Student Motivation Saturday!

I feel like such a bad blogger this week. I'm not sure if it was the *last* inservice day of the year, or the crazy winter weather this week, but it has just been super long. Monday feels like weeks ago. I haven't posted much this week, although I have been reading up on everything it just feels like I have had a case of the blogging "blahs" this week. What better though, than to link up with one of my best blogging buddies to get back into the groove of things?

Currently I am taking two graduate courses (and drowning in the last of the semester projects, yuck!) One class is a practicum based course on interventions. Throughout the last several weeks, each of us in the class has had to choose a target student and behavior that we wanted to change or decrease the occurrence of. I thought I would share a few tips/tricks that have come from this course.

If using a sticker chart don't have a set amount of stickers that have to be earned during a specific time period (morning/afternoon or whole day). If a student is having to earn 10/12 possible stickers throughout the day for their incentive/prize, and by noon they have only earned 1; the student already knows they won't be getting what they want so why would they want to try?

Instead still have the goal of earning 5, 10, whatever amount of stickers, without the time frame. Maybe the student has a really rough morning, a better afternoon and earns a few stickers and the next morning if they earn a few more they can get their prize then.

If you have a student who is displaying several behaviors that are undesirable; it's often easier to work on one thing at a time. Think about the behaviors that are being displayed. If there is something that is being done that affects the safety/well-being of others, that one is obviously where you'd need to start.  Otherwise take a look, start with the big behaviors and work your way down. (Special education teachers are one resource in your building. They can help you figure out what's triggering a behavior (antecedents) and what the student is getting from the behavior(s) (consequences) this information can help you redirect these behaviors).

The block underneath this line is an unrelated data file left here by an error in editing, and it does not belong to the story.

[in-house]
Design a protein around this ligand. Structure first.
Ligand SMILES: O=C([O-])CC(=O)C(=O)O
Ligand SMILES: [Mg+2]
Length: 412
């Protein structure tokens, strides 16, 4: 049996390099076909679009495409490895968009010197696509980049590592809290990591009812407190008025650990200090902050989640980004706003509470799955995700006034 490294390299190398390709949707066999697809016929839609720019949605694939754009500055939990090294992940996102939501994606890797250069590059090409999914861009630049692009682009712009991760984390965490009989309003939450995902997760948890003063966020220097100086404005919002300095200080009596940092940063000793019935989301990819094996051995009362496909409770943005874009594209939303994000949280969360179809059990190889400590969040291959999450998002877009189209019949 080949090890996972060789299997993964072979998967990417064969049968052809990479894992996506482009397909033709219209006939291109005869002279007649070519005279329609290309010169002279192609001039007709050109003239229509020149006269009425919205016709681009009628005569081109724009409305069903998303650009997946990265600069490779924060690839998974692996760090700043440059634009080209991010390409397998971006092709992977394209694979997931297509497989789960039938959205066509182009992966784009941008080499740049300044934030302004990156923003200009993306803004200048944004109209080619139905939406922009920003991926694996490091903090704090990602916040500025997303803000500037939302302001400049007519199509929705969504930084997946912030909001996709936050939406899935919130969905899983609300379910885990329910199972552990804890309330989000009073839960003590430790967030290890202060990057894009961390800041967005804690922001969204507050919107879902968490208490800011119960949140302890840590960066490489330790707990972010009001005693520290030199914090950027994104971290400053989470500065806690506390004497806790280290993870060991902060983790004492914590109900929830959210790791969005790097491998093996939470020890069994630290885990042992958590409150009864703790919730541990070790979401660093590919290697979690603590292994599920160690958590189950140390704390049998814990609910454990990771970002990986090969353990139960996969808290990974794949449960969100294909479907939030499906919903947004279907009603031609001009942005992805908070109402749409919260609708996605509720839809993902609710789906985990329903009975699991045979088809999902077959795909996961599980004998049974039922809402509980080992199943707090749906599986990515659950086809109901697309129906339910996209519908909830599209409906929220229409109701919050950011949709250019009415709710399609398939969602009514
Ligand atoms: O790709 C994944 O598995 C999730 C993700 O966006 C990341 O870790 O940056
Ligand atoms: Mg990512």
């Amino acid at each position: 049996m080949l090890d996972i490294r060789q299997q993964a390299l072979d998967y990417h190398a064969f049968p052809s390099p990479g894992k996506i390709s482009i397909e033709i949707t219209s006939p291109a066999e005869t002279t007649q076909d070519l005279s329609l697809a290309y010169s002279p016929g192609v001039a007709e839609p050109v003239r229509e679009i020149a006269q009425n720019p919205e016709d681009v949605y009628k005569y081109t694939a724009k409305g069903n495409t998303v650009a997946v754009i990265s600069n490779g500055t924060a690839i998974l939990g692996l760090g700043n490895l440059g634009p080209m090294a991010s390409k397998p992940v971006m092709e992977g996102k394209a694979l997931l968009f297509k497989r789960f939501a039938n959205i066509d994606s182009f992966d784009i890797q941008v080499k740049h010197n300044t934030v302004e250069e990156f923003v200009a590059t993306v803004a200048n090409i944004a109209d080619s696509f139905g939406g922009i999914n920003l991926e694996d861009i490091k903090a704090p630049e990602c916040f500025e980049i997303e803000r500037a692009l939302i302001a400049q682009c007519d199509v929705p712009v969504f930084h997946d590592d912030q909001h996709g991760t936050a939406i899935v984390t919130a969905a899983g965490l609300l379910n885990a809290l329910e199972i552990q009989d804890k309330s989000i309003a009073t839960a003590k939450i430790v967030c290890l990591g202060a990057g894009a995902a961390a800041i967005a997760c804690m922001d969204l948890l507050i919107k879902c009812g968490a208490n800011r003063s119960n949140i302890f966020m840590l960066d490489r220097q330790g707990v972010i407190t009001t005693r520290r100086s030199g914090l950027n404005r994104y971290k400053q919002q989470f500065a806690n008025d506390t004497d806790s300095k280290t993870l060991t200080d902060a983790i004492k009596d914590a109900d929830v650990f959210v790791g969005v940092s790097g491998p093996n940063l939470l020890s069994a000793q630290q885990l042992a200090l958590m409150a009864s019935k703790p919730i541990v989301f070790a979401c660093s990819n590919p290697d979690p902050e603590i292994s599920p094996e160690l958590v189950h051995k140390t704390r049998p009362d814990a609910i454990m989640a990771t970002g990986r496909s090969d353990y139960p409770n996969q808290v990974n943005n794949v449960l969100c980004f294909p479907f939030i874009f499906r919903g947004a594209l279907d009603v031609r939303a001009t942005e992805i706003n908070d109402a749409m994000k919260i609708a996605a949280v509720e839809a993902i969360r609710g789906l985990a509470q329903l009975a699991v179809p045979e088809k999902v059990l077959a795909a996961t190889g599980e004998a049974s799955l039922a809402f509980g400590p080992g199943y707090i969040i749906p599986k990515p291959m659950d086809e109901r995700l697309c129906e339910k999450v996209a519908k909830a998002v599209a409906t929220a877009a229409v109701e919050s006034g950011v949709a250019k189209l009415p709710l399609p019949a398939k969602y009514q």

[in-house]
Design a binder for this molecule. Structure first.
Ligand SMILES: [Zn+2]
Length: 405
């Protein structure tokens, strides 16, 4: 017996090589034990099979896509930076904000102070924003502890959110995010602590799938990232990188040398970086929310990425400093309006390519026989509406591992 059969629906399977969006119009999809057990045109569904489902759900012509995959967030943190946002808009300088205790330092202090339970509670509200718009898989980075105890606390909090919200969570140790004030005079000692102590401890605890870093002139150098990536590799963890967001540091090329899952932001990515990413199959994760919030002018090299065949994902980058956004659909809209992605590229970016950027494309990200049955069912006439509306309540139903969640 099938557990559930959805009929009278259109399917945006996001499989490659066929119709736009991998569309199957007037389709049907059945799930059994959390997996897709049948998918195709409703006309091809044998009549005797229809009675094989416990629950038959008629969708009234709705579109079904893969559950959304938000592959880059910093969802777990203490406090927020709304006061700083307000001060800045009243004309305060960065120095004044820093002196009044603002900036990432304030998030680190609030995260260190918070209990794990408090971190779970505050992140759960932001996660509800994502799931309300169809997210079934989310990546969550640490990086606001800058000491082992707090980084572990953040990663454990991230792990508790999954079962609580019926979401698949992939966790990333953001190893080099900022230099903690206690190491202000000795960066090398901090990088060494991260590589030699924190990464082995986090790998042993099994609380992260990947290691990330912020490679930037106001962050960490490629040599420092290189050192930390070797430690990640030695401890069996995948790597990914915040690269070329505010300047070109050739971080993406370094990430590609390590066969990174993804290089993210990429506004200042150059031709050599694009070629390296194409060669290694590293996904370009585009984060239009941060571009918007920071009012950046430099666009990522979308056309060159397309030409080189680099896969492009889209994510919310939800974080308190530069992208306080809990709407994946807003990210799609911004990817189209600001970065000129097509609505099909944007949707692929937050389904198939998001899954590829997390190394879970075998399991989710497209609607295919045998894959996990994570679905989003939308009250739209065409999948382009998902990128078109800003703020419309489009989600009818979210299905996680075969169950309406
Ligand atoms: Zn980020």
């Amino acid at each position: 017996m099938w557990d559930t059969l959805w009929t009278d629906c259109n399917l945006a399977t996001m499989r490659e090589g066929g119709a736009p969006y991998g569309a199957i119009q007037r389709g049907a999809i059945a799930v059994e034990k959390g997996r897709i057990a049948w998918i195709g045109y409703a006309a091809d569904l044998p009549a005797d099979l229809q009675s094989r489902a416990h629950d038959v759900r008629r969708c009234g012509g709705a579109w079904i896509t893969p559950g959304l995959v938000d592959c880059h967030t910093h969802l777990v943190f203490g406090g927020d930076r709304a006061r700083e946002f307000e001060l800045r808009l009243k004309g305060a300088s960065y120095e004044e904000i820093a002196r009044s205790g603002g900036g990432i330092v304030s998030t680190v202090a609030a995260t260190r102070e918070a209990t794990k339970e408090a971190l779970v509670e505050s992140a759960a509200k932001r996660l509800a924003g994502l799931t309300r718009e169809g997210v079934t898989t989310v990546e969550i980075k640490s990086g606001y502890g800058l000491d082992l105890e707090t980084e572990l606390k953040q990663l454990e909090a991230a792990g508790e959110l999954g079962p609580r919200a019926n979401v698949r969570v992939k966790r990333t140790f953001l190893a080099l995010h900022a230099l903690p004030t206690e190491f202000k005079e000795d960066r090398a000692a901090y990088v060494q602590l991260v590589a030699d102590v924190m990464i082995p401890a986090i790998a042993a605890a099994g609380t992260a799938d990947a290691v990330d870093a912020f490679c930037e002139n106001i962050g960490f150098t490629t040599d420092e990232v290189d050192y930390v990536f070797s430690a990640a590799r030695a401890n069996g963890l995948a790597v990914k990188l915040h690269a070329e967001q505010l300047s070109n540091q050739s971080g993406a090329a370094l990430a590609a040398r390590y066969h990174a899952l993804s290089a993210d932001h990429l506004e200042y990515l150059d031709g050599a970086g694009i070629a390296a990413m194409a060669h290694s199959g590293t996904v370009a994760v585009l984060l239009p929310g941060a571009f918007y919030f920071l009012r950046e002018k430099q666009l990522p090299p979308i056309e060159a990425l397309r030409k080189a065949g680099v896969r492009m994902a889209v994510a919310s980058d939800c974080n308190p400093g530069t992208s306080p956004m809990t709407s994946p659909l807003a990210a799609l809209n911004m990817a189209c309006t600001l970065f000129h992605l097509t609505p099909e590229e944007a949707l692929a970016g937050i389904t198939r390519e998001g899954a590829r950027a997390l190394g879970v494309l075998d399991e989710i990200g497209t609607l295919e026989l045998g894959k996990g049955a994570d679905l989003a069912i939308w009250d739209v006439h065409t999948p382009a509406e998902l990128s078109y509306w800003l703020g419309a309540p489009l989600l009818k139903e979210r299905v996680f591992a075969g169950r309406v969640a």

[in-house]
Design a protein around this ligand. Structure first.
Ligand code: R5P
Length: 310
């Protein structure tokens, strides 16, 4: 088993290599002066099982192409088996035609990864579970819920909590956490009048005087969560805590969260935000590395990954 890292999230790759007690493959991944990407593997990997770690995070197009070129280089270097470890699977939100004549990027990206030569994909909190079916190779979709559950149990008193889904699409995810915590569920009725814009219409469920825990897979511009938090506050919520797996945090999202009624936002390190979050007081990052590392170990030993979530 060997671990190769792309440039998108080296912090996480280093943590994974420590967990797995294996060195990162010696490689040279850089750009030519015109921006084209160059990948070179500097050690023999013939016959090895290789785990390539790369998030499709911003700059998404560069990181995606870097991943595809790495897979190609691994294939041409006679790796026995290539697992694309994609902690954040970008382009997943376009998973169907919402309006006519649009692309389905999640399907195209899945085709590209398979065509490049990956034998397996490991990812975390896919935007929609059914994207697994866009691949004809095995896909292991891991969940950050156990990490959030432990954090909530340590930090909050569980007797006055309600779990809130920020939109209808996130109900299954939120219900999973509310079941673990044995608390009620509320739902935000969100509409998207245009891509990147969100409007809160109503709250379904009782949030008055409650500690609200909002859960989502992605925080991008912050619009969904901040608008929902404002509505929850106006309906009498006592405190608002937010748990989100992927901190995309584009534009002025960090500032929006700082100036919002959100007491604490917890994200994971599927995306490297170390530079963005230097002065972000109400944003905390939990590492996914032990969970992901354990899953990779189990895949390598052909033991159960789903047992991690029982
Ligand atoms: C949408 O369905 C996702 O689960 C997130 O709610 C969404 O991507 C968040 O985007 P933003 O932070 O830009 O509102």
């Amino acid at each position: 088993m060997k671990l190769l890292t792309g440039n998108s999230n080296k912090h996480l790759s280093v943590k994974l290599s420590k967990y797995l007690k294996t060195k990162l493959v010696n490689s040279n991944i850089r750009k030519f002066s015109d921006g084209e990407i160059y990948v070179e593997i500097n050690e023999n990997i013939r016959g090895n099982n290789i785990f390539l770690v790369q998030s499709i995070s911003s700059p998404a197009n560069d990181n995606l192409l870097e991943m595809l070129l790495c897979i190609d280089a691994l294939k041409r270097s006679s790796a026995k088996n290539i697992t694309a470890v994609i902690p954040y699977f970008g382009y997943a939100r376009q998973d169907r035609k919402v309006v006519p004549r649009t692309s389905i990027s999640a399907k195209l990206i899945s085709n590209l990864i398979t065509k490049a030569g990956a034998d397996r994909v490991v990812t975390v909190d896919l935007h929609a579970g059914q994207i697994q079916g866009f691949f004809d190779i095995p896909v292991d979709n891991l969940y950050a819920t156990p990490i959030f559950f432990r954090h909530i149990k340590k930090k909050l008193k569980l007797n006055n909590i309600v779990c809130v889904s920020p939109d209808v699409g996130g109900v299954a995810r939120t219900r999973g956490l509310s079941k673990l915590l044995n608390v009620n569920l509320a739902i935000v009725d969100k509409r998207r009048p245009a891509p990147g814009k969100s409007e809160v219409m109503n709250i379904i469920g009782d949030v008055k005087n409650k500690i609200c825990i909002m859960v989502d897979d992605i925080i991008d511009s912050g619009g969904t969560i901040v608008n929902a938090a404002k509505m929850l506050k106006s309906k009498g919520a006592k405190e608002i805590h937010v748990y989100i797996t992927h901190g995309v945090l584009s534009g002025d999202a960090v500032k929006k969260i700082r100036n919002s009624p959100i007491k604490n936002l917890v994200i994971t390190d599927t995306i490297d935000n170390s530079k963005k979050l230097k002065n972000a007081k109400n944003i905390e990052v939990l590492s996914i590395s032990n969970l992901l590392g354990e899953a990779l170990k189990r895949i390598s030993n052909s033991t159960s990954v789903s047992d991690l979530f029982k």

With incentives give choices. We talked often in class how incentive menus really seemed to help several of our students. Some of the choices were teacher made, but some were left to the student. Whenever the tasks/behaviors achieved the student had the ability to chose what they wanted/wanted to do; our target student's bought into the interventions more freely when they were given a choice.

These were just a few of the topics that seemed to come up throughout discussions and tweakings of our interventions. Maybe some of these ideas will help you with some of your students, or maybe these ideas could help out with collaborative planning in behavior interventions.

Be sure to be on the lookout later this week with another linky that Joanne is involved in: Peace, Hope, Love, and Kindness coming this Thursday. You can link up with her, the Collaboration Cuties, or Ideas by Jivey. A wonderful idea considering all of the sadness and tragic events that have occurred this week!


  1. Thanks for sharing. I co-teach with a special education teacher in 1 of my 3 ELA blocks during the day, and we can certainly use these tips during that block as well as during my others. I'm your newest follower. I found you via the linky party! ;)
    Creating Lifelong Learners

  2. These are all really powerful suggestions. I especially like the idea of giving the student choices. Thanks for sharing!

    Mrs. Laffin's Laughings

  3. What great ideas, Christy! Thanks for sharing. I really like your point about not putting time limits on incentives. I have been guilty of doing that, but will stop! You convinced me :)

    Joy in the Journey

  4. I like the idea of incentives with choices. It seems you've put a lot of thought into this! And, we should too. Thanks for sharing all your ideas and for shout out about the upcoming linky.
    Sorry your week hasn't been the best... cheer up friend, you'll be done soon!
    Head Over Heels For Teaching

  5. Thanks for these reminders - especially about only addressing one behaviour at a time. Sometimes it seems overwhelming, or it is hard to decide where to start but you are right it is best to focus on one thing so that the student experiences success (and the teacher too).

    Looking From Third to Fourth

  6. Way to put your studying to good use! Good luck with the rest of your semester!

    Everyone deServes to Learn


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